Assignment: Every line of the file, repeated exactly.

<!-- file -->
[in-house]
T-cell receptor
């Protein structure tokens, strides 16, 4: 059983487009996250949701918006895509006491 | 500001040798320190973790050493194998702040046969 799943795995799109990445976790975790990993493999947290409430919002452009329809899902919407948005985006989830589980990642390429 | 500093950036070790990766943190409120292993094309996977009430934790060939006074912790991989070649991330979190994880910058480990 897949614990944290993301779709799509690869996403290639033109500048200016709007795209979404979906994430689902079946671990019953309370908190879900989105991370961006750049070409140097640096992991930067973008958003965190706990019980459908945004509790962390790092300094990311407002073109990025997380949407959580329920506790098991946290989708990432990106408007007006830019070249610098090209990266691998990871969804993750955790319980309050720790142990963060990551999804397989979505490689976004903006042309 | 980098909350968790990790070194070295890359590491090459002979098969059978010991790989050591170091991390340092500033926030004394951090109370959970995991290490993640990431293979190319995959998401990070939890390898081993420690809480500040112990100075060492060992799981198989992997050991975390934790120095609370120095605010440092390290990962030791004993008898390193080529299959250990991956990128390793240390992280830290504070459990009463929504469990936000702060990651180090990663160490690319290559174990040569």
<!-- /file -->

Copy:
[in-house]
T-cell receptor
């Protein structure tokens, strides 16, 4: 059983487009996250949701918006895509006491 | 500001040798320190973790050493194998702040046969 799943795995799109990445976790975790990993493999947290409430919002452009329809899902919407948005985006989830589980990642390429 | 500093950036070790990766943190409120292993094309996977009430934790060939006074912790991989070649991330979190994880910058480990 897949614990944290993301779709799509690869996403290639033109500048200016709007795209979404979906994430689902079946671990019953309370908190879900989105991370961006750049070409140097640096992991930067973008958003965190706990019980459908945004509790962390790092300094990311407002073109990025997380949407959580329920506790098991946290989708990432990106408007007006830019070249610098090209990266691998990871969804993750955790319980309050720790142990963060990551999804397989979505490689976004903006042309 | 980098909350968790990790070194070295890359590491090459002979098969059978010991790989050591170091991390340092500033926030004394951090109370959970995991290490993640990431293979190319995959998401990070939890390898081993420690809480500040112990100075060492060992799981198989992997050991975390934790120095609370120095605010440092390290990962030791004993008898390193080529299959250990991956990128390793240390992280830290504070459990009463929504469990936000702060990651180090990663160490690319290559174990040569």